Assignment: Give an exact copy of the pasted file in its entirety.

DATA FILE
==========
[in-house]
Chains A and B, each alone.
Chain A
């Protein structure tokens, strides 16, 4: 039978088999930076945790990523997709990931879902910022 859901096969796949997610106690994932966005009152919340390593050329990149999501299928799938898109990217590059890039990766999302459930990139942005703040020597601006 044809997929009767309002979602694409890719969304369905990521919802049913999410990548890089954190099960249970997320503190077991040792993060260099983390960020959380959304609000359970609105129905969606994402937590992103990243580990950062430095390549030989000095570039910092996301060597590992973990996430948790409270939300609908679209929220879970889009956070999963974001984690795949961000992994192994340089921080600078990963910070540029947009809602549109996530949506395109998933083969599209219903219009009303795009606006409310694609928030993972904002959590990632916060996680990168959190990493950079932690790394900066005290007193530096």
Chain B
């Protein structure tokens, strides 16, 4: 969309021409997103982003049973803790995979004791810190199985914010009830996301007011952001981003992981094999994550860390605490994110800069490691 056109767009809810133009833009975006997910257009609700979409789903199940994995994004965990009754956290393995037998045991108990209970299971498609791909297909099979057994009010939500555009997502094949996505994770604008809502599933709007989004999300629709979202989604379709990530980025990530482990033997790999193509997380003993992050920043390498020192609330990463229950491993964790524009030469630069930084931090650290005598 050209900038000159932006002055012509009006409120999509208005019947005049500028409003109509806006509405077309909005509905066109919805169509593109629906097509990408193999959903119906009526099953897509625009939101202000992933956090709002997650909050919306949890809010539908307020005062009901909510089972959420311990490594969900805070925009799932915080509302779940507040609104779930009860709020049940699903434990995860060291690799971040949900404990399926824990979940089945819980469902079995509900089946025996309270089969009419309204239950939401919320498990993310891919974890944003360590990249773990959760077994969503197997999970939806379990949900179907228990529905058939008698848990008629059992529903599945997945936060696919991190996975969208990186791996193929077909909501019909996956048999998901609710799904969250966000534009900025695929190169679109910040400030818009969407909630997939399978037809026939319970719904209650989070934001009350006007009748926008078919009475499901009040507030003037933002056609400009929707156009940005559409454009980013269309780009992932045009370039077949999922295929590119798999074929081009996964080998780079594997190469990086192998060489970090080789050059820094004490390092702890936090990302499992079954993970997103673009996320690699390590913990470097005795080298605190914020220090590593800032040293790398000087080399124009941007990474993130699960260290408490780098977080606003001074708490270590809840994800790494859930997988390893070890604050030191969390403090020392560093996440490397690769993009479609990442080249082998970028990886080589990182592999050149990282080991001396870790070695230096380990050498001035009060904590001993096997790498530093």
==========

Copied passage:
[in-house]
Chains A and B, each alone.
Chain A
């Protein structure tokens, strides 16, 4: 039978088999930076945790990523997709990931879902910022 859901096969796949997610106690994932966005009152919340390593050329990149999501299928799938898109990217590059890039990766999302459930990139942005703040020597601006 044809997929009767309002979602694409890719969304369905990521919802049913999410990548890089954190099960249970997320503190077991040792993060260099983390960020959380959304609000359970609105129905969606994402937590992103990243580990950062430095390549030989000095570039910092996301060597590992973990996430948790409270939300609908679209929220879970889009956070999963974001984690795949961000992994192994340089921080600078990963910070540029947009809602549109996530949506395109998933083969599209219903219009009303795009606006409310694609928030993972904002959590990632916060996680990168959190990493950079932690790394900066005290007193530096």
Chain B
């Protein structure tokens, strides 16, 4: 969309021409997103982003049973803790995979004791810190199985914010009830996301007011952001981003992981094999994550860390605490994110800069490691 056109767009809810133009833009975006997910257009609700979409789903199940994995994004965990009754956290393995037998045991108990209970299971498609791909297909099979057994009010939500555009997502094949996505994770604008809502599933709007989004999300629709979202989604379709990530980025990530482990033997790999193509997380003993992050920043390498020192609330990463229950491993964790524009030469630069930084931090650290005598 050209900038000159932006002055012509009006409120999509208005019947005049500028409003109509806006509405077309909005509905066109919805169509593109629906097509990408193999959903119906009526099953897509625009939101202000992933956090709002997650909050919306949890809010539908307020005062009901909510089972959420311990490594969900805070925009799932915080509302779940507040609104779930009860709020049940699903434990995860060291690799971040949900404990399926824990979940089945819980469902079995509900089946025996309270089969009419309204239950939401919320498990993310891919974890944003360590990249773990959760077994969503197997999970939806379990949900179907228990529905058939008698848990008629059992529903599945997945936060696919991190996975969208990186791996193929077909909501019909996956048999998901609710799904969250966000534009900025695929190169679109910040400030818009969407909630997939399978037809026939319970719904209650989070934001009350006007009748926008078919009475499901009040507030003037933002056609400009929707156009940005559409454009980013269309780009992932045009370039077949999922295929590119798999074929081009996964080998780079594997190469990086192998060489970090080789050059820094004490390092702890936090990302499992079954993970997103673009996320690699390590913990470097005795080298605190914020220090590593800032040293790398000087080399124009941007990474993130699960260290408490780098977080606003001074708490270590809840994800790494859930997988390893070890604050030191969390403090020392560093996440490397690769993009479609990442080249082998970028990886080589990182592999050149990282080991001396870790070695230096380990050498001035009060904590001993096997790498530093």